The eggplant (Solanum melongena) is a vegetable of tropical origin. It is rather capricious and requires a lot of heat and sustained fertilization. However, those conditions can easily be obtained when growing eggplants in containers. In the spring, most Canadian garden centres offer eggplants in containers. Choose vigorous, compact plants that bear a few flowers only. As eggplants do not appreciate being transplanted, instead of buying plants in styrofoam flats, choose those that come in individual containers. However, if you wish to grow original eggplant cultivars, you will most likely have to buy seed.
Eggplants have a good production when grown in dark metal or plastic pots, so the soil in which they are planted reach high temperatures. Eggplant seed must be seeded inside towards the very end of March or in April, i.e. about eight weeks before planting them in the garden. As mentioned earlier, eggplants do not like being transplanted, so it is preferable to place the seed in a container with multiple small cells filled with soil made up of equal parts of compost, peat moss and perlite, such as PRO-MIX Vegetable and Herb Mix. Seed two to three seeds per cell to make sure at least one plant will form. The seed must be placed at a depth of 6 mm (1/4 in). Then, water the soil generously with warm water. The optimal temperature for the germination of eggplant seed varies between 26 °C and 30 °C. To keep the growing medium warm, you can place the containers on a mattress or heating wires. Keep only one plant per cell by cutting the others with scissors. About three weeks after germination, when the first two true leaves are well formed, transplant the plants in 10-cm pots. Make sure a part of the stem (a few centimetres) is covered with soil. After the first transplantation, keep the temperature at 21 °C, day and night, until the plants are transplanted in the garden. Eggplants also need a lot of light to grow properly and develop. As light is generally rather poor in our homes, the seedlings must often be installed under an artificial lighting system which uses LED bulbs specifically designed for plants.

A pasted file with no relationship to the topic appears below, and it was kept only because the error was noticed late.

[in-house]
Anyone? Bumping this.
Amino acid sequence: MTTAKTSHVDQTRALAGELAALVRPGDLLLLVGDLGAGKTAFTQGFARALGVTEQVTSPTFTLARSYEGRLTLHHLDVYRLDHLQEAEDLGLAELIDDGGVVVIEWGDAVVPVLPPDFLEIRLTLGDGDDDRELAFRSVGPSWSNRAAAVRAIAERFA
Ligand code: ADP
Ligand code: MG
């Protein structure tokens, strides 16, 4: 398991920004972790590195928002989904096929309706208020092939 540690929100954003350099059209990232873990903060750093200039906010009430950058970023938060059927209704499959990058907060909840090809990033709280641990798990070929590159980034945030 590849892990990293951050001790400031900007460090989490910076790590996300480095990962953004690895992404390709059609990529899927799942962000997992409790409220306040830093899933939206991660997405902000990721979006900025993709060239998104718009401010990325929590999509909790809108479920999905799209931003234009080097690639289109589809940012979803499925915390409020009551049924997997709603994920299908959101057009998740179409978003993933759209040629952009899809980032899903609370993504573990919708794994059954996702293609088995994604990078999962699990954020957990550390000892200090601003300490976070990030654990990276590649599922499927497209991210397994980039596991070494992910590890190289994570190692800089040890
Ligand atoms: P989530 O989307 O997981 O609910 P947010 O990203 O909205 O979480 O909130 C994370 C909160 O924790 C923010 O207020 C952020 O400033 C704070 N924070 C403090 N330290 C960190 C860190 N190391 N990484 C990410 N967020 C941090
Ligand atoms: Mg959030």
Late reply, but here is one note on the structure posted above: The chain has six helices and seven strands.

The ‘Morden Midget’ eggplant (Solanum melongena ‘Morden Midget’) works well for container growing. Eggplants are especially demanding plants. They must be planted in a place that is warm, very sunny and well protected from prevailing winds. However, by growing your eggplants in containers – in dark-coloured pots – against a south-facing wall, you will get very satisfying results. Eggplants prefer rich, loose soils that are well drained, and whose pH varies between 5.5 and 7. Exterior planting must be done one or two weeks after all risks of frost have been almost eliminated in your region. In zones 5 and 6, in Montréal and Toronto for example, eggplants are planted towards the end of May or in early June. Whether they were produced from seed or bought in a garden centre, do not forget to acclimatize your plants before planting them. Furthermore, add a slow release fertilizer to the soil– two to three handfuls per plant – whose formulation is about 4-6-8. Also, I recommend placing a black plastic film ou dark rubber mulch over the soil’s surface. This will increase the soil’s temperature and keep it between 27 °C and 32 °C. For small eggplant cultivars, such as “Morden Midget” or “Rosa Bianca”, use a container at least 40-45 cm in diameter for each plant. For bigger cultivars, choose bigger pots. Finally, as they appreciate stable moisture rates, you must water your eggplants on a regular basis. Water them with warm water twice a week, or three times a week in periods of extreme heat.
The ‘Pingtung Long’ eggplant (Solanum melongena ‘Pingtung Long’) is rather original!